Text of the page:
They decided on the rarebit, being Welsh themselves. A solitary cyclist was wolfing down baked beans. I went through to make a fresh pot of tea for him and came back just as the door crashed shut. I saw a black balaclava and a bucking bicycle through the glass.
'Funny. I could swear that was young Rodney Pegg. Yes, I'd spot that acne'd phizog anywhere. Took one look at me and scarpered. Well, good riddance. Thought we'd seen the last of him,' said Percy.
Gloria arrived with Ruby. 'Brought you a couple of bottles of stout to keep your strength up. Careful with them. They got a bit shaken in Ruby's saddlebag, on her new bicycle.'
I hated the way Lex and Gloria kept boasting about Ruby's bike, as if we hadn't noticed it was brand new.
Gloria touched Peter's cheek with a red nail.
'Proper little Bobby Buster, isn't he? I always wanted a boy, but it wasn't to be.' She sighed. 'I had to get landed with a tomboy. Just my luck.'
As Ruby and I went up to my room, abandoning Betty to Gloria, I heard Gloria whining, 'I hope you won't take any notice of any wicked rumours, Mrs Harlency. People can be so cruel with gossip. You know me better than to believe everything you hear, don't you?'
I stopped to listen.
'People are spreading all sorts about us and the takings are right down. You know a kiddie was never more doted on than our Ruby. She's the apple of her dad's eye.' Gloria was wheedling like a gipsy selling clothes pegs at the door.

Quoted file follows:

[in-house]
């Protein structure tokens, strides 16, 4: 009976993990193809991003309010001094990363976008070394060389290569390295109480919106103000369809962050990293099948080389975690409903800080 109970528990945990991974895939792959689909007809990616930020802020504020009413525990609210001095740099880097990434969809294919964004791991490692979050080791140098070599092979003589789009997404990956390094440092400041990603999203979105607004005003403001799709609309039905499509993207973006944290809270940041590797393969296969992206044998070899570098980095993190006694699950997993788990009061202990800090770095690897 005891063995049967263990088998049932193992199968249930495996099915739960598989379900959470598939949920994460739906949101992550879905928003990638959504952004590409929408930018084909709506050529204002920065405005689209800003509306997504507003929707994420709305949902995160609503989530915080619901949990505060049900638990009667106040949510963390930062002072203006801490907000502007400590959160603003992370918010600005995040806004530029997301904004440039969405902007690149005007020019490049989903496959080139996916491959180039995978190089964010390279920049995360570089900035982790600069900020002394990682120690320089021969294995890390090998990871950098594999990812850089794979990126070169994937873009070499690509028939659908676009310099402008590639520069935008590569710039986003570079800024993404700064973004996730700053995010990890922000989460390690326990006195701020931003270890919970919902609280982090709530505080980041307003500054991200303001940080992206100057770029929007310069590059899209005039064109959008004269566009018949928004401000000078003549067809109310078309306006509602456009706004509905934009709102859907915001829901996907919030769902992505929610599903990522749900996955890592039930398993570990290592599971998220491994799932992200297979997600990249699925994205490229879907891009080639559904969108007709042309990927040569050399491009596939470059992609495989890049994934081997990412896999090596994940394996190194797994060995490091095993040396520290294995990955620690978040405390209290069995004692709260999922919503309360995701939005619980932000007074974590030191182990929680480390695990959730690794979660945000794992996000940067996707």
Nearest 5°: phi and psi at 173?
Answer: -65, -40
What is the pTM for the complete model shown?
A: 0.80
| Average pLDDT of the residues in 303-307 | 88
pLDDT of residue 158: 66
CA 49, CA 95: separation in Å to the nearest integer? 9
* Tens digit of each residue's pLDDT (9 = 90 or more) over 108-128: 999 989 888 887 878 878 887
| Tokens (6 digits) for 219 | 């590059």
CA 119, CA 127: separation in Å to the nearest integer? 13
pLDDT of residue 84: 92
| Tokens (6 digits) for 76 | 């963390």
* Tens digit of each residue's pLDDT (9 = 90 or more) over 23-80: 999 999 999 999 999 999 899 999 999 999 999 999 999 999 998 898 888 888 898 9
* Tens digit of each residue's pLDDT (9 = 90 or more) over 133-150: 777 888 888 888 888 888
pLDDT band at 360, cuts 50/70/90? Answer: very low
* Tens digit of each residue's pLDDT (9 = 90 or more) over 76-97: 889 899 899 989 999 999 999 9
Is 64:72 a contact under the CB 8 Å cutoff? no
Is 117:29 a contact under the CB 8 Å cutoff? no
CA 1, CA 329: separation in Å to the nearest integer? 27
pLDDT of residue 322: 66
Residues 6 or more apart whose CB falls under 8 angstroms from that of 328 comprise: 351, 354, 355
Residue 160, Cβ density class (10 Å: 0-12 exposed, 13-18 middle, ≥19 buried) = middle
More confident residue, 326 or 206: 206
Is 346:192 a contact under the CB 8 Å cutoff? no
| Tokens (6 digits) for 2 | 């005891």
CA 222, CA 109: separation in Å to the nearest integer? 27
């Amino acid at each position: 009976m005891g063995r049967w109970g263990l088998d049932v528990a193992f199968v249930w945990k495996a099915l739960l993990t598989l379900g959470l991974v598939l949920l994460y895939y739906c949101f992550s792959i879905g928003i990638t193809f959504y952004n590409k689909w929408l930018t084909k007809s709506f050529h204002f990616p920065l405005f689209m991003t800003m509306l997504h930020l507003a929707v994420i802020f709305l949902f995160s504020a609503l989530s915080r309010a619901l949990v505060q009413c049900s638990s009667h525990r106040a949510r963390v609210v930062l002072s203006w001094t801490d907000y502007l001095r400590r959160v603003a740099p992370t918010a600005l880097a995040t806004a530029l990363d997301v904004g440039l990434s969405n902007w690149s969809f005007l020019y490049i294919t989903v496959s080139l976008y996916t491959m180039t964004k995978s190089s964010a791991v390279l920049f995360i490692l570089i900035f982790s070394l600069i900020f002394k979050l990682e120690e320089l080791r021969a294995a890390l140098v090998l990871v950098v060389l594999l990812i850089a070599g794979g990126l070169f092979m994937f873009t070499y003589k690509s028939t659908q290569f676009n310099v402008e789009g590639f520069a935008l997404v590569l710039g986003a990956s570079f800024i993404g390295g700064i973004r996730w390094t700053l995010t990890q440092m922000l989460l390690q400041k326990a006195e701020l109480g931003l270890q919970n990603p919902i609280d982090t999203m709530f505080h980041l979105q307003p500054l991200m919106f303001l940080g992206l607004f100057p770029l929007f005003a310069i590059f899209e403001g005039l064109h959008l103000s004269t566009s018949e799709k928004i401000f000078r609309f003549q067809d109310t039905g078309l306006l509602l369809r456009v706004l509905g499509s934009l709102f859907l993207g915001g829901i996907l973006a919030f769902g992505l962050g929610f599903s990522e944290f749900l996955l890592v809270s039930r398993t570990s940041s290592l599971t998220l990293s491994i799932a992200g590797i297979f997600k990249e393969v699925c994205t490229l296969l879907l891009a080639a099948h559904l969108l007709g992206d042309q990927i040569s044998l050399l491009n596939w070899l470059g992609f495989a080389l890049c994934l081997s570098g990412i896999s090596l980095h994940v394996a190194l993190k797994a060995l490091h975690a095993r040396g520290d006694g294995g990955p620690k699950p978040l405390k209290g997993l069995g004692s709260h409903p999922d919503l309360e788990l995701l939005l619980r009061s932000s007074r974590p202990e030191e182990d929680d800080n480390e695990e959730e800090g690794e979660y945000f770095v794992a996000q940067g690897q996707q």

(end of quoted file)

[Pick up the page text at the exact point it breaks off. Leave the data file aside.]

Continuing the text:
'You do your best for them and this is the thanks you get.'
'Come on, April.'
I followed Ruby into the bedroom with a feeling of dread.
'Tell me about the school play, you haven't said anything yet. Did you do the dance on your own all right?'
'It was OK,' Ruby mumbled. She had gone pale and her freckles stood out on her skin, puckered by the cold bedroom air. 'Only I missed you. I felt a right lemon doing it on my own. Pat Booker was supposed to take your part but she got stage fright. The hunt stopped in our yard this morning for a stirrup cup. It was horrible. They call it the Boxing Day Meat.'
'Mrs Greenidge said Mrs Carter said there'd been some trouble with the school play.'
Ruby sat down on the bed, turning my snowstorm ball over and over making blizzards, her pigtails falling on either side.
'Mrs nosey Parker Carter should mind her own blooming beeswax.'
'Ruby! Mrs Carter's nice. She's our friend!'
'Oh, all right then. Mrs Carter was helping us get changed into our costumes and she saw all these bruises on my back and arms and she called Mr Reeves and he got Dr Barker to come round the school, and now she's spreading rumours all through the village.'
To be continued...